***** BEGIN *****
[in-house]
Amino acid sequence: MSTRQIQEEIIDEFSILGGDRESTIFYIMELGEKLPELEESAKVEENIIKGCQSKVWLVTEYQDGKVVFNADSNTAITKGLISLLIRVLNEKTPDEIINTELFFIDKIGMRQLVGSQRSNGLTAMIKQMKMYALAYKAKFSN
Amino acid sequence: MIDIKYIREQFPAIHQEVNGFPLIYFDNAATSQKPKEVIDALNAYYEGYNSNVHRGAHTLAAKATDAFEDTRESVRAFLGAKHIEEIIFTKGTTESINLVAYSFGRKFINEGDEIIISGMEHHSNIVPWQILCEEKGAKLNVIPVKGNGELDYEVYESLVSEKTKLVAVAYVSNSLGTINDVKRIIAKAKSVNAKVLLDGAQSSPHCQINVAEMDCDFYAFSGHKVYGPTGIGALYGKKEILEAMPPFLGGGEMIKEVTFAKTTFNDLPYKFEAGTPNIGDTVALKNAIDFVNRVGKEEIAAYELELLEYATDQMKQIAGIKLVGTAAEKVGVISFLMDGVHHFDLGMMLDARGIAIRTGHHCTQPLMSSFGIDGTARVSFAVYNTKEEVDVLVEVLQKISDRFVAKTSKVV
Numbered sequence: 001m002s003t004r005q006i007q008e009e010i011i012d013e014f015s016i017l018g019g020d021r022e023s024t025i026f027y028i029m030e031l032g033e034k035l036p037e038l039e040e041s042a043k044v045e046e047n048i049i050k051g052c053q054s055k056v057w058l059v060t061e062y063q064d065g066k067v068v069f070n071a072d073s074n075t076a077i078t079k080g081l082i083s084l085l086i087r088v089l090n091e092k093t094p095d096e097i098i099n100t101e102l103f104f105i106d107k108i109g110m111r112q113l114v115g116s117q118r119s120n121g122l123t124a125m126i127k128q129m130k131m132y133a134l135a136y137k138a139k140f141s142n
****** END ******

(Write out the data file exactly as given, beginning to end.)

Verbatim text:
[in-house]
Amino acid sequence: MSTRQIQEEIIDEFSILGGDRESTIFYIMELGEKLPELEESAKVEENIIKGCQSKVWLVTEYQDGKVVFNADSNTAITKGLISLLIRVLNEKTPDEIINTELFFIDKIGMRQLVGSQRSNGLTAMIKQMKMYALAYKAKFSN
Amino acid sequence: MIDIKYIREQFPAIHQEVNGFPLIYFDNAATSQKPKEVIDALNAYYEGYNSNVHRGAHTLAAKATDAFEDTRESVRAFLGAKHIEEIIFTKGTTESINLVAYSFGRKFINEGDEIIISGMEHHSNIVPWQILCEEKGAKLNVIPVKGNGELDYEVYESLVSEKTKLVAVAYVSNSLGTINDVKRIIAKAKSVNAKVLLDGAQSSPHCQINVAEMDCDFYAFSGHKVYGPTGIGALYGKKEILEAMPPFLGGGEMIKEVTFAKTTFNDLPYKFEAGTPNIGDTVALKNAIDFVNRVGKEEIAAYELELLEYATDQMKQIAGIKLVGTAAEKVGVISFLMDGVHHFDLGMMLDARGIAIRTGHHCTQPLMSSFGIDGTARVSFAVYNTKEEVDVLVEVLQKISDRFVAKTSKVV
Numbered sequence: 001m002s003t004r005q006i007q008e009e010i011i012d013e014f015s016i017l018g019g020d021r022e023s024t025i026f027y028i029m030e031l032g033e034k035l036p037e038l039e040e041s042a043k044v045e046e047n048i049i050k051g052c053q054s055k056v057w058l059v060t061e062y063q064d065g066k067v068v069f070n071a072d073s074n075t076a077i078t079k080g081l082i083s084l085l086i087r088v089l090n091e092k093t094p095d096e097i098i099n100t101e102l103f104f105i106d107k108i109g110m111r112q113l114v115g116s117q118r119s120n121g122l123t124a125m126i127k128q129m130k131m132y133a134l135a136y137k138a139k140f141s142n